#1
Alright, so I'm writing a paper on Hell in literature, and I have these three paragraphs wherein I provide an abstract of the hell described in the three works I'm writing about. I made an effort to write these in similar styles to the original texts. If you can identify all three, you get a cookie.

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You find yourself cast down into a bottomless pit, a lake of scalding fire. Waves of flame envelop your body, your skin once purest white turns black, charred as fast-burnt soot. It broils and bubbles in the infernal heat, pain come unbidden and strong. What you have done to deserve this hell is rebellion--an uprising against the highest authority, indeed the only authority, in all the cosmos. An angel in Lucifer's army, one of those who would have toppled the mighty gilded throne, you reside now in Earth's great underbelly, and there shall the impudent remain. Unlike Satan himself, whose freedom, though restrained, draws breath still, you and your cohorts enjoy no mobility, pinned to your pain always and eternally.

ll

You're led to a windowless room decorated with abhorrent Rococo furniture, with some godawful bronze statue being the centrepiece of what amounts to a torture chamber. The thoroughly passive-aggressive valet who led you here tells you that the bell to request his services works some times, and some times it doesn't, and with a smile like ice he takes his leave of you. Being dead, you see in your mind's eye the doings of those you left on the surface, but only until you fade from their memories and conversations, and lose that earthbound part of yourself. Then you can see up there no more. Your company in this room are your torturers. You crave the acceptance of one, loathe the unwanted attention of the other, and form a miserable triangle swapping venom from hand to hand for all eternity. What's more, there will be no blinking in this room--like any effective torture, this hell is totally unyielding.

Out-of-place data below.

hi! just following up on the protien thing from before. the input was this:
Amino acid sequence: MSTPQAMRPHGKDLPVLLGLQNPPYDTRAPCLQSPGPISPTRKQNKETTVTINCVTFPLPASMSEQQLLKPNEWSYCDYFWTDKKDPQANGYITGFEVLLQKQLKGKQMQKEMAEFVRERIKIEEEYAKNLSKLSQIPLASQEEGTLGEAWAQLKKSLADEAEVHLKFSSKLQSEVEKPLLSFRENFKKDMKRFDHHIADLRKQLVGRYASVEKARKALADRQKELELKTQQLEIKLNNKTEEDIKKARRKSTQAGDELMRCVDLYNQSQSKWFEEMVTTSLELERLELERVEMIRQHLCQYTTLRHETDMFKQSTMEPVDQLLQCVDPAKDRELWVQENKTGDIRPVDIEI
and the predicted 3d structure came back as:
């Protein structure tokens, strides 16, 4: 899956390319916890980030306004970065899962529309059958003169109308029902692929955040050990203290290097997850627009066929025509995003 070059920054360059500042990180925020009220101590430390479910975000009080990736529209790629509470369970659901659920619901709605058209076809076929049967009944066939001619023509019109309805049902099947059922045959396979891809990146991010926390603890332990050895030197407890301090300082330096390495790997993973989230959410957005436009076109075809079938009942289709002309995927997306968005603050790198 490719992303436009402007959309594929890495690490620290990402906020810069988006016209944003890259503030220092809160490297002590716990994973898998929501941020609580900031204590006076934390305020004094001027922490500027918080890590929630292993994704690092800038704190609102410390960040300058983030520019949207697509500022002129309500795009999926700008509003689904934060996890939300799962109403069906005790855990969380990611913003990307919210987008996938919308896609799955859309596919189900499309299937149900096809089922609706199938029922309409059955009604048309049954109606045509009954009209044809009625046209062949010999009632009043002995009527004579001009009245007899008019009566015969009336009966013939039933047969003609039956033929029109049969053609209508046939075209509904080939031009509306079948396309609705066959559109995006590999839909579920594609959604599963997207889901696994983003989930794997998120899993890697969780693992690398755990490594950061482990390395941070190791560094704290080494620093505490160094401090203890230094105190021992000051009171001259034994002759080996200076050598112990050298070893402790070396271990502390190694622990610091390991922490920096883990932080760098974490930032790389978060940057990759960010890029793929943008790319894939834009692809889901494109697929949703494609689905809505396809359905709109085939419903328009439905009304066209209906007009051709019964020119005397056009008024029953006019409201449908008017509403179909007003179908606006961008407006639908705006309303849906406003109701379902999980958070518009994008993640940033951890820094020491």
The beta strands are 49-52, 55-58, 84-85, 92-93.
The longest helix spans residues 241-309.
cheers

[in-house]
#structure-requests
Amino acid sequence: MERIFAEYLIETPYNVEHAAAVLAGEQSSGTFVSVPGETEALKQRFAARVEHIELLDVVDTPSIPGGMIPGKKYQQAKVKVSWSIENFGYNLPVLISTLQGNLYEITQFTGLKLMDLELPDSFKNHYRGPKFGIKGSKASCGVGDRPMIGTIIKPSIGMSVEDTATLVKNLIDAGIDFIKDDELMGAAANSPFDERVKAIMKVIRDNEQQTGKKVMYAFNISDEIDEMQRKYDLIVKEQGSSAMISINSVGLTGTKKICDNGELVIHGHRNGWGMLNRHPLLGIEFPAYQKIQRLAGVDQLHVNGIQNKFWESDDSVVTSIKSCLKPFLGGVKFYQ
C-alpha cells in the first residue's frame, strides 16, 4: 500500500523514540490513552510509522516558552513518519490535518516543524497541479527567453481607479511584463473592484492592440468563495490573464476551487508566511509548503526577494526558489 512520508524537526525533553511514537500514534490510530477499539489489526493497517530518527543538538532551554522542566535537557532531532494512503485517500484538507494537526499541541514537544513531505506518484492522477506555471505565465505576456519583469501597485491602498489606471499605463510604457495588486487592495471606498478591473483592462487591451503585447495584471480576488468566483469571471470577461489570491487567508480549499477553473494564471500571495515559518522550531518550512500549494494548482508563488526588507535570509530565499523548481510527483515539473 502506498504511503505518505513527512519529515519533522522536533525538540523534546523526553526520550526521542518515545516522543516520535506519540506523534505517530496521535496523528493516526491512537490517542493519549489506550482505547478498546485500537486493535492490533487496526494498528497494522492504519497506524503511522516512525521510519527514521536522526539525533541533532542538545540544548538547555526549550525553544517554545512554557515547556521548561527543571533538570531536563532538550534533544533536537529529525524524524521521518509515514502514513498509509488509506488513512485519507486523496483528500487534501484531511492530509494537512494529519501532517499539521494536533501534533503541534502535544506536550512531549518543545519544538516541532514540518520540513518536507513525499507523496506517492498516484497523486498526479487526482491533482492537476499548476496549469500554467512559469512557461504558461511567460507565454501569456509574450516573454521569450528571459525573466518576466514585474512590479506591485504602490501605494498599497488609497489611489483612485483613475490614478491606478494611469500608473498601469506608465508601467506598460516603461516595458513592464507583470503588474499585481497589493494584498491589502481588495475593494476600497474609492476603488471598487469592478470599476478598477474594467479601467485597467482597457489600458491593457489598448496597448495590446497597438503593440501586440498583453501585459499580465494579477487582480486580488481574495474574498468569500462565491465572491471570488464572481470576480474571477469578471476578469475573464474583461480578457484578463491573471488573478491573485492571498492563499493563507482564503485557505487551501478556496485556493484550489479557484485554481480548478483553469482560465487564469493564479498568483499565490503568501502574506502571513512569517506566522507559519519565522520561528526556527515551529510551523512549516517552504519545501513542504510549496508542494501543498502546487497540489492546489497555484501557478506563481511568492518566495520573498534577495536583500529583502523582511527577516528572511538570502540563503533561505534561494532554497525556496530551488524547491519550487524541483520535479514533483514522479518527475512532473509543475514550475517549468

lll

You built your hell yourself. Not in the ground, nor in a fiery chasm, but in a woodshed sort of structure just a minute's walk away from the domain of your vengeful, imperious mother, and worlds away from everything you find interesting. Nothing to do where you are now but dull the pain in alcohol, exorcise the pain through poetry, or simply wallow in the hell that is your misery. One day you manage your escape, you flee with the wind at your back toward the dark alleyways of the Bohemian city, where you always knew you belonged. Only there you find no relief from the constant suffering, merely men of little wealth and no moral taste. Alcohol mixes with opium and violence ensues in a blinding flash, and you realize you will be happy nowhere.
#2
i effing loved the second one.

the first one seemed to be lacking something.
i don't really know what it is that it's missing,
but it feels like it needs a little something more.

the third one was good, but not quite as good as two.
i still really liked it and can't really find any problems.

I just want to sleep forever.


#4
what, we have to identify the texts? cos number one sounds a lot like Dante to me, but not a clue about the others...
#5
I was just wondering if anyone could identify them...Wasn't saying you had to.

Dante is a good guess for the first one, but it isn't right. (I probably would've mentioned the different layers of hell if it were.) But you've got the general time period right. Sort of. Skip forward a century or two. Or three, I'm not sure.
#11
i cant give a long crit right now but

1- i liked it but it lacked anything that just made me go wow
2- beautiful/brilliant/perfect
3- my 2nd favorite. i liked what you did with this one specially the last line

sorry that wasnt obviously much but no ones really saying anything about the piece just guessing names. so nice work 10/10

the 2nd stanza is possibly the best thing ive read on here ever